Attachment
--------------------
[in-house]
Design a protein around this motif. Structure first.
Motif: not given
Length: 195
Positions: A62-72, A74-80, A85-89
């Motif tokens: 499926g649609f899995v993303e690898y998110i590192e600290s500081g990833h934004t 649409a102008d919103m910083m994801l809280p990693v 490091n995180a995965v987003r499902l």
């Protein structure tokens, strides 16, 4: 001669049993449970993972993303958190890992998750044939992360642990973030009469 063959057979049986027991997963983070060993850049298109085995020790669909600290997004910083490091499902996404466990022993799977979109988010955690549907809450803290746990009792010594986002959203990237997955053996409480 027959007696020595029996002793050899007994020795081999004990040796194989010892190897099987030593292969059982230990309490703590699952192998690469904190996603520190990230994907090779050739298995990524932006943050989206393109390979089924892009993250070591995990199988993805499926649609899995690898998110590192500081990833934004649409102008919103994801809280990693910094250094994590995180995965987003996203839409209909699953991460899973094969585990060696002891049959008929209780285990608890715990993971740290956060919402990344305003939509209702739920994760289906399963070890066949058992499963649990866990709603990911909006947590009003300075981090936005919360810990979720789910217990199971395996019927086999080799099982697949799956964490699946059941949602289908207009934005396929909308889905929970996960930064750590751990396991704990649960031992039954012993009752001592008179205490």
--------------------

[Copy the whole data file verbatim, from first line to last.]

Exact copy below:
[in-house]
Design a protein around this motif. Structure first.
Motif: not given
Length: 195
Positions: A62-72, A74-80, A85-89
């Motif tokens: 499926g649609f899995v993303e690898y998110i590192e600290s500081g990833h934004t 649409a102008d919103m910083m994801l809280p990693v 490091n995180a995965v987003r499902l």
């Protein structure tokens, strides 16, 4: 001669049993449970993972993303958190890992998750044939992360642990973030009469 063959057979049986027991997963983070060993850049298109085995020790669909600290997004910083490091499902996404466990022993799977979109988010955690549907809450803290746990009792010594986002959203990237997955053996409480 027959007696020595029996002793050899007994020795081999004990040796194989010892190897099987030593292969059982230990309490703590699952192998690469904190996603520190990230994907090779050739298995990524932006943050989206393109390979089924892009993250070591995990199988993805499926649609899995690898998110590192500081990833934004649409102008919103994801809280990693910094250094994590995180995965987003996203839409209909699953991460899973094969585990060696002891049959008929209780285990608890715990993971740290956060919402990344305003939509209702739920994760289906399963070890066949058992499963649990866990709603990911909006947590009003300075981090936005919360810990979720789910217990199971395996019927086999080799099982697949799956964490699946059941949602289908207009934005396929909308889905929970996960930064750590751990396991704990649960031992039954012993009752001592008179205490």